Smoking Compromises Quality-of-Life in Old Age
Article date: November 19, 2008
Smoking doesn't just shorten your lifespan, new research indicates. It makes the years you do have less enjoyable.
University of Helsinki researchers followed a group of 1658 men for 26 years, and found that those who smoked 20 or more cigarettes a day (heavy smokers) had far more difficulty later in life than non-smokers, even if they quit smoking during the study period. Never-smokers, meanwhile, lived 10 years longer and enjoyed a better quality-of-life in their later years than heavy smokers.
The men were all white and of the same socioeconomic status, born between 1919 and 1934, and of good health at the start of the study. The researchers, led by Arto Y. Strandberg, M.D., evaluated the men's physical and emotional health in 1974, and again 26 years later, in 2000.
The researchers saw the greatest difference in the physical functioning between those who had never smoked and heavy smokers. The heavy smokers had the physical functioning of men 10 years older when compared to the non-smokers. What's more, the nonsmokers lived about 10 years longer.
Only 30% of the smokers in 1974 were still smoking in 2000, and those men reported significantly lower scores on scales assessing physical functioning, energy/vitality, social functioning, and emotional well-being. Quality-of-life scores decreased with more cigarettes smoked per day.
The findings were published in the Archives of Internal Medicine.
Don't Start; If You Smoke, Quit
"It is not just that the heavy smoker loses 10 years of life expectancy but rather than at any given age, the functional capacities of the heavy smoker are equivalent to those of nonsmokers who are 10 years older. The clear message is that smoking makes you old before your time," wrote David M. Burns, M.D., in an accompanying editorial.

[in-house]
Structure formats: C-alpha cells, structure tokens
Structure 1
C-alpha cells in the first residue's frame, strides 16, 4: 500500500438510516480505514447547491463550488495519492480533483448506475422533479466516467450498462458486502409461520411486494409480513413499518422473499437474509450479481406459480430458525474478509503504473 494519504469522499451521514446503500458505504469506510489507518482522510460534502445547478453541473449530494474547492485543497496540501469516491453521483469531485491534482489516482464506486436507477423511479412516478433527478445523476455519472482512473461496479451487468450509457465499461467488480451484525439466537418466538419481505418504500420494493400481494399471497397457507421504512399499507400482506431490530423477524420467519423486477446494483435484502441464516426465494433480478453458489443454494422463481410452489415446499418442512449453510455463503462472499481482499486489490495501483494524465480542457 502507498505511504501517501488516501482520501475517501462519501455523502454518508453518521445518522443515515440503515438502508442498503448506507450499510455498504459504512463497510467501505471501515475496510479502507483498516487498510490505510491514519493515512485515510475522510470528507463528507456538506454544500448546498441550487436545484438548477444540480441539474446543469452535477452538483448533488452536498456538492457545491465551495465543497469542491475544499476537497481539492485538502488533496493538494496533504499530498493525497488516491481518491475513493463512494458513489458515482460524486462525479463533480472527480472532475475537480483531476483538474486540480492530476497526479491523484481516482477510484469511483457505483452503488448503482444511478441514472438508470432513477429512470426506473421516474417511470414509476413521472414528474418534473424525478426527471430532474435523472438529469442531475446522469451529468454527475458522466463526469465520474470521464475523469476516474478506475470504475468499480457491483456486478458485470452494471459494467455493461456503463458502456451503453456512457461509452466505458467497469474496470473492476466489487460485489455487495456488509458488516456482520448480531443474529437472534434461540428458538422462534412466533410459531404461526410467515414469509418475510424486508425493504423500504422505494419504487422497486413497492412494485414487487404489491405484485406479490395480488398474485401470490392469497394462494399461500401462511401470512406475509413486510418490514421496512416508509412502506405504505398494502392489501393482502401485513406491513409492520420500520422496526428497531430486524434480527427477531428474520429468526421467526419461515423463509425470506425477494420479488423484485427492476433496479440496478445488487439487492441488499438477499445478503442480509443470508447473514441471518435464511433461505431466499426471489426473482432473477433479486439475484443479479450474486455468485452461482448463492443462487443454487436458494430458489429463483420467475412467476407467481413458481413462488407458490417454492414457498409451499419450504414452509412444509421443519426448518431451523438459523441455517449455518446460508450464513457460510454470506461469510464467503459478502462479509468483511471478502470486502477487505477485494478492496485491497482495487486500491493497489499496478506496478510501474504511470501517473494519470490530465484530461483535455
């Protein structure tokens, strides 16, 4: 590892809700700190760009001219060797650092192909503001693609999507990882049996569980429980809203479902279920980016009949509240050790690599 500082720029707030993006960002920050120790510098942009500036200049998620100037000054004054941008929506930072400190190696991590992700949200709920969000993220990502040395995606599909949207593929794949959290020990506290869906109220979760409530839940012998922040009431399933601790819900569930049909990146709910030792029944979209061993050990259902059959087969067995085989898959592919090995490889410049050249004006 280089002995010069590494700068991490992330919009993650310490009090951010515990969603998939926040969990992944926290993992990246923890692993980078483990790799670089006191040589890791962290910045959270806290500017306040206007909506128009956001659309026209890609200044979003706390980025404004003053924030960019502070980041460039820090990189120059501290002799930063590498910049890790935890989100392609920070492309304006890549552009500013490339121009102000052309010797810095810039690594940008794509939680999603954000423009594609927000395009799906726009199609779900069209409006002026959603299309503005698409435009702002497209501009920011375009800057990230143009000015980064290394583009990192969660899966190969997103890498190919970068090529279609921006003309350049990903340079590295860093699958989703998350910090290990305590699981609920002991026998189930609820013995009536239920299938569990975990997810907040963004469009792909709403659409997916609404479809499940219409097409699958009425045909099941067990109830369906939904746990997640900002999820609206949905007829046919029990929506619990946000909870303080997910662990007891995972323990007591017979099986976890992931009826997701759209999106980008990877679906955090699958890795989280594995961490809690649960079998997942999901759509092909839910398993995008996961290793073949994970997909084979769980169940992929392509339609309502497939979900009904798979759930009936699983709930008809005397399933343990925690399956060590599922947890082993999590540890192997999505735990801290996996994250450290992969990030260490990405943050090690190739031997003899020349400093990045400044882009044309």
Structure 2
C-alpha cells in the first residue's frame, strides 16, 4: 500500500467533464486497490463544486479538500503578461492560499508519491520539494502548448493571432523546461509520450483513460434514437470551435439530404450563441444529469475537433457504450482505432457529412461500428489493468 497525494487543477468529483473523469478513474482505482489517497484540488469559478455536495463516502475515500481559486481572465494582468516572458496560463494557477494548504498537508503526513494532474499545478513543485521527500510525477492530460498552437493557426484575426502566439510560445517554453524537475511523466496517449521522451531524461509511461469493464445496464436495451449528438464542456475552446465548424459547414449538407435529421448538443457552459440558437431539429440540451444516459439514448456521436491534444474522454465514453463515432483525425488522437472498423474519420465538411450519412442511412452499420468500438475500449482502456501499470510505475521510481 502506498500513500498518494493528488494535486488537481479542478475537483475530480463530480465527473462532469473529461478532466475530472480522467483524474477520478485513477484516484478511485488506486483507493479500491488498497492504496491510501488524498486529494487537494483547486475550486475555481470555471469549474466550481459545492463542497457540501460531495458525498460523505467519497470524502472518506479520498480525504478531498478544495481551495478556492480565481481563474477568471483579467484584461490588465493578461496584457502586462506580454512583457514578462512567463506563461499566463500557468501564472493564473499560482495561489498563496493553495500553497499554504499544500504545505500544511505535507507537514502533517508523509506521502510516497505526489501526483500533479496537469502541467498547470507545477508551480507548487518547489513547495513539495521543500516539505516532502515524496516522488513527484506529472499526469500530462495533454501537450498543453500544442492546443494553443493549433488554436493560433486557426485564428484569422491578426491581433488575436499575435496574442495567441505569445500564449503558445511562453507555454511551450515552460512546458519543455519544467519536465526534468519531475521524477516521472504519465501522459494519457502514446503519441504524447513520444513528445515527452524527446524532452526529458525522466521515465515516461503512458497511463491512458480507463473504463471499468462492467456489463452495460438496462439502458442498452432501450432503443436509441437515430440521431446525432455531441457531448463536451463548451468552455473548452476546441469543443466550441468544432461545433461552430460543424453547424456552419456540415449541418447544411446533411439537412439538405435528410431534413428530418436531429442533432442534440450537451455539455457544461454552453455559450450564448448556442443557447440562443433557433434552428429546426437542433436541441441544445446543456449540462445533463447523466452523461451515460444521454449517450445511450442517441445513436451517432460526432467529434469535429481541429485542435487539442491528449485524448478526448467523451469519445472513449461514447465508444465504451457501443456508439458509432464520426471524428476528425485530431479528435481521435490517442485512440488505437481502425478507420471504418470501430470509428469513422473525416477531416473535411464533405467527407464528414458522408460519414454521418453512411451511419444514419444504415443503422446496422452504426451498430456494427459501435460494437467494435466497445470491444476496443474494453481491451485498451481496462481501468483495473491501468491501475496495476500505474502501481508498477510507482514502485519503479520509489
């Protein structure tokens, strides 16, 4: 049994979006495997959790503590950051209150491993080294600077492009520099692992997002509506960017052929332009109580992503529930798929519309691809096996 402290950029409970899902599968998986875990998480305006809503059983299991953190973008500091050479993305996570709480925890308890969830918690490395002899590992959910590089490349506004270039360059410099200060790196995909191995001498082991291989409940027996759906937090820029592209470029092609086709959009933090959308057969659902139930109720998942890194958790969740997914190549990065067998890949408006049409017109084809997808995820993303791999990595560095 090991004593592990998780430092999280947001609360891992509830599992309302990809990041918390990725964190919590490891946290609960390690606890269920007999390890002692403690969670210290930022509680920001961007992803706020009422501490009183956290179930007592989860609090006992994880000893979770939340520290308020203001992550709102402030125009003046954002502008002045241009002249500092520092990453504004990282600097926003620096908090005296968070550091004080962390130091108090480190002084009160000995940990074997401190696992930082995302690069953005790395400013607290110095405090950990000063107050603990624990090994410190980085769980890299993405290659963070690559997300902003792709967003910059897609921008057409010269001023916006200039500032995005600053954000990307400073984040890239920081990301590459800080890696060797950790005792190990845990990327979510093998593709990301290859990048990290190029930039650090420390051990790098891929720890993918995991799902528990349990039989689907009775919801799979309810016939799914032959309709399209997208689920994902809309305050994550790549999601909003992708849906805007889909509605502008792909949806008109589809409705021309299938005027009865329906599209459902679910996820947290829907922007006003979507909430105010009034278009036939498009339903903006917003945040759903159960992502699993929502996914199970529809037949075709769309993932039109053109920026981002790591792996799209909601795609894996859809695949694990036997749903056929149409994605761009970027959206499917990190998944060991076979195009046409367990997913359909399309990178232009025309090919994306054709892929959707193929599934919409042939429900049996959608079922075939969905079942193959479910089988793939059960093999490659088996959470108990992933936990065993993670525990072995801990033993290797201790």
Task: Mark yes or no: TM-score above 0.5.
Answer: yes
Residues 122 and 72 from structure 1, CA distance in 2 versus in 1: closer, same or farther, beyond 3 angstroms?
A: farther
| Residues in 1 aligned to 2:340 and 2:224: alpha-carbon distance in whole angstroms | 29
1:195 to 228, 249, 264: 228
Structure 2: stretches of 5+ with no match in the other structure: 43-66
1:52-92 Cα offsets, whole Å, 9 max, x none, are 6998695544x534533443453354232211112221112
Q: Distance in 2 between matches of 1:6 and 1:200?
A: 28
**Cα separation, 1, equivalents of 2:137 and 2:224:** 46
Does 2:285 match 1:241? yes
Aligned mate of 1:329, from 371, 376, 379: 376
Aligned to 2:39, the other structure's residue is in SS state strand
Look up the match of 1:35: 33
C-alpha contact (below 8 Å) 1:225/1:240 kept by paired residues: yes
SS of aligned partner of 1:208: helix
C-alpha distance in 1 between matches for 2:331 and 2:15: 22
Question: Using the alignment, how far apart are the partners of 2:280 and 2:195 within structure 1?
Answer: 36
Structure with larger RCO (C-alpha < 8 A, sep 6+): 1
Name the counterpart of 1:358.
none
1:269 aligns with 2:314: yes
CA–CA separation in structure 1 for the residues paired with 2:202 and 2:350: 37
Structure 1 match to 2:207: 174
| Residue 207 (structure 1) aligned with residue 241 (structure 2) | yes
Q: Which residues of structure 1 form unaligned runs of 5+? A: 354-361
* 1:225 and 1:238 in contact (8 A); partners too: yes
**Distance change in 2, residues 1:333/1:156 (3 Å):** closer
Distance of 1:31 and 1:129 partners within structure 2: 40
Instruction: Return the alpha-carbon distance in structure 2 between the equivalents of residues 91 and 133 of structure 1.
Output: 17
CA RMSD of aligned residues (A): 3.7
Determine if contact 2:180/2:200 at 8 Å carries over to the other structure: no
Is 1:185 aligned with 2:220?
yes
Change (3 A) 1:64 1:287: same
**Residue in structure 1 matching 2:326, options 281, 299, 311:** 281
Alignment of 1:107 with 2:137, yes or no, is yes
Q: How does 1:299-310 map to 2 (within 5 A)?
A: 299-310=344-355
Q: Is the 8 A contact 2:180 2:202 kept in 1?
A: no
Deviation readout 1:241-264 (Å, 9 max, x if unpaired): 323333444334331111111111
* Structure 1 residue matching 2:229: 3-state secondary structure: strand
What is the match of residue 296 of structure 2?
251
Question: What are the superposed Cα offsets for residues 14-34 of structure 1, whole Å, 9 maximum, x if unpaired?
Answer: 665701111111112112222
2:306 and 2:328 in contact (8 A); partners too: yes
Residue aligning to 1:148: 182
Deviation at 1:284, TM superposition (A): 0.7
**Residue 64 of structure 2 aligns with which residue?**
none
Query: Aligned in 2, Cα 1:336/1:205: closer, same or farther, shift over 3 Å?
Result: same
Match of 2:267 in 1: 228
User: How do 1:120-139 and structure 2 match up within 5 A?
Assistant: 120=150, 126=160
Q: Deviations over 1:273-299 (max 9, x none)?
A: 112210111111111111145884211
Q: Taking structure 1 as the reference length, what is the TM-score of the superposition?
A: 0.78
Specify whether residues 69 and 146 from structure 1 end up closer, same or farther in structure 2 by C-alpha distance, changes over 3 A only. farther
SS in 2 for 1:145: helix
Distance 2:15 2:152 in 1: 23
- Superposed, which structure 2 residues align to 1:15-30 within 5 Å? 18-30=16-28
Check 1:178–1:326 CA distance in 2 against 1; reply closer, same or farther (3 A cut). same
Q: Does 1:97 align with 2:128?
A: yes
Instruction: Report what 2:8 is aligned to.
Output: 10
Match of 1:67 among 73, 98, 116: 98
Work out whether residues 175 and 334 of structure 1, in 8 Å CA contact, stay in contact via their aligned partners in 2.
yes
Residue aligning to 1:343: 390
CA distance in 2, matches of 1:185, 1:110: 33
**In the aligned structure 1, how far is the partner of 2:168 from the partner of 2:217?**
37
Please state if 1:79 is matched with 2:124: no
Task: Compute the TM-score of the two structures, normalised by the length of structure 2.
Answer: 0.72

Cigarette smoking not only ages you and compromises your quality-of-life, it accounts for at least 30% of all cancer deaths and is linked to heart disease, aneurysms, bronchitis, emphysema, and stroke, in addition to other problems.
And, as this study shows, the negative effects of smoking linger long after you give up smoking. The best way to protect yourself is to never start in the first place. If you currently smoke, quit.
November is the perfect time to quit smoking. November 20th marks the American Cancer Society's 32nd annual Great American Smokeout, when smokers are encouraged to quit for at least 1 day. Looking for help quitting right now? We're here to help. Start with our Guide to Quitting Smoking.
Citation: "The Effect of Smoking in Midlife on Health-Related Quality of Life in Old Age: A 26-Year Prospective Study." Published October 14, 2008 in the Archives of Internal Medicine. First author: Arto Y. Strandberg, M.D., University of Helsinki.
"Live Fast, Die Young, Leave a Good-Looking Corpse." Published October 14, 2008 in the Archives of Internal Medicine. Author: David M. Burns, MD.
Reviewed by: Members of the ACS Medical Content Staff
ACS News Center stories are provided as a source of cancer-related news and are not intended to be used as press releases.
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